Spotlight on Ballet Hispánico

Oct 03, 2018

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Ballet Hispánico  Ballet Hispánico
Photo by Paula Lobo

Ballet Hispánico makes its Northrop debut Oct 4 with a program of three remarkable works by female choreographers. Here are some fast facts about the company and the program.

Ballet Hispánico was founded by dancer and choreographer Tina Ramirez in 1970. Born in Venezuela, Ramirez came to the United States at the age of seven. She was awarded the nation’s highest cultural honor, the National Medal of Arts Award, in 2005 for her contributions to dance. 

Reflecting on the Latina Choreographers Program presented at Northrop on Oct 4, Ballet Hispánico artistic director and CEO Eduardo Vilaro says, “Besides the moving work of Michelle Manzanales, there is the passionate and technically brilliant work of Annabelle Lopez Ochoa and the alluring work of Tania Pérez-Salas, who is the foremost female choreographer from Mexico.”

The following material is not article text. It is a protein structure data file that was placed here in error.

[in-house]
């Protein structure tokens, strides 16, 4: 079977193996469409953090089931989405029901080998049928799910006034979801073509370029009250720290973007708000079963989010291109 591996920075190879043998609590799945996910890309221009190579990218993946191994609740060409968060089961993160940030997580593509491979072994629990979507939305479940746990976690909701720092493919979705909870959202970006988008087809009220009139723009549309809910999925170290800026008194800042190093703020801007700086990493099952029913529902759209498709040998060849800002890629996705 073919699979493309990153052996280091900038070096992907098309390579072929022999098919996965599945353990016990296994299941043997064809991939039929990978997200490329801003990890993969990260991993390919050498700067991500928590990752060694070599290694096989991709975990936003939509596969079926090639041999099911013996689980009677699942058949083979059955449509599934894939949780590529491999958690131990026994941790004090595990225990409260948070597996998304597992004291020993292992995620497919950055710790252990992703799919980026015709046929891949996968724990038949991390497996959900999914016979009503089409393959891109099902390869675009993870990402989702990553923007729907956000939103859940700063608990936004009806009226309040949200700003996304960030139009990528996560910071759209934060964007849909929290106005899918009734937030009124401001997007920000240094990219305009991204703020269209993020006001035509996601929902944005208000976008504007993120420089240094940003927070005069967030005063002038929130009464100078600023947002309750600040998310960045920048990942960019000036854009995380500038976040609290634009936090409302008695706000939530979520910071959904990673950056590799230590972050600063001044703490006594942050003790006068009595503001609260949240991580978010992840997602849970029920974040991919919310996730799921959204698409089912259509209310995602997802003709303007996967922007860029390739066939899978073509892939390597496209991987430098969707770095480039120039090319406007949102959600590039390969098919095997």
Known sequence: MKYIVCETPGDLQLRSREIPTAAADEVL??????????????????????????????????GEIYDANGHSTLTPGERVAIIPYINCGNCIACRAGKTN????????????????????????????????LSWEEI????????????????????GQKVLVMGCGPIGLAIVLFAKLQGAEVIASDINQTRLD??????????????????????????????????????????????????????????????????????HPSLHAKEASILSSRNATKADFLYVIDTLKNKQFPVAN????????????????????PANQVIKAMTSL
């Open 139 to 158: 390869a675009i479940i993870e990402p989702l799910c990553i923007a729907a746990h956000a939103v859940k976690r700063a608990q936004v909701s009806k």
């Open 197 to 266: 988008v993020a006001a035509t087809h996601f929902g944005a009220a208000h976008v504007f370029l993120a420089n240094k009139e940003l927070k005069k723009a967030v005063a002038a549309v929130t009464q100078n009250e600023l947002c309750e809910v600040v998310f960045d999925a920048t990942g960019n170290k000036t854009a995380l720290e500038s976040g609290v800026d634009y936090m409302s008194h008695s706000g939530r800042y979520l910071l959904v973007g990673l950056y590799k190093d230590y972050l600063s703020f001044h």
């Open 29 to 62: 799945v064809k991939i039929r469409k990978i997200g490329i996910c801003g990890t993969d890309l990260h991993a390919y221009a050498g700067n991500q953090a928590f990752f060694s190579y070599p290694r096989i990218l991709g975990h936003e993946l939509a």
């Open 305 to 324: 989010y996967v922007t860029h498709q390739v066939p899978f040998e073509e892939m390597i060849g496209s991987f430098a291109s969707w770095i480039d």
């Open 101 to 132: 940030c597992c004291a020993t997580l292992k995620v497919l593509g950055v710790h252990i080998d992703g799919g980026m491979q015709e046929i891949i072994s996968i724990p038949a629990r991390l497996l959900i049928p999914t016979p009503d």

Michelle Manzanales’ work Con Brazos Abiertos is built around a series of contrasting songs and moods, including Maria Bonita by Mexican songwriter Agustín Lara (sung by Spanish singer-songwriter Julio Iglesias) as well as nods to the 1970s comedy duo Cheech and Chong  and the notorious drug lord El Chapo. The title of the work is drawn from a lyric in a song by Mexican indie-pop singer Carla Morrison, meaning “With Open Arms.”

Belgian-Colombian choreographer Annabelle Lopez Ochoa’s Sombrerísimo was commissioned for New York City Center's Fall for Dance Festival, where it premiered on Sep 20, 2013. It has been awarded Dance Magazine’s Best of 2013 and the Villanueva Award for the 2015 Best International Production in Cuba. 

Tania Pérez-Salas began dancing in her native Mexico City at the age of eight. She founded her own company in 1994, and they visited Northrop in 2010. Her work 3. Catorce Dieciséis draws inspiration from the mathematical constant Pi to reflect on the circularity of our movement through life. 

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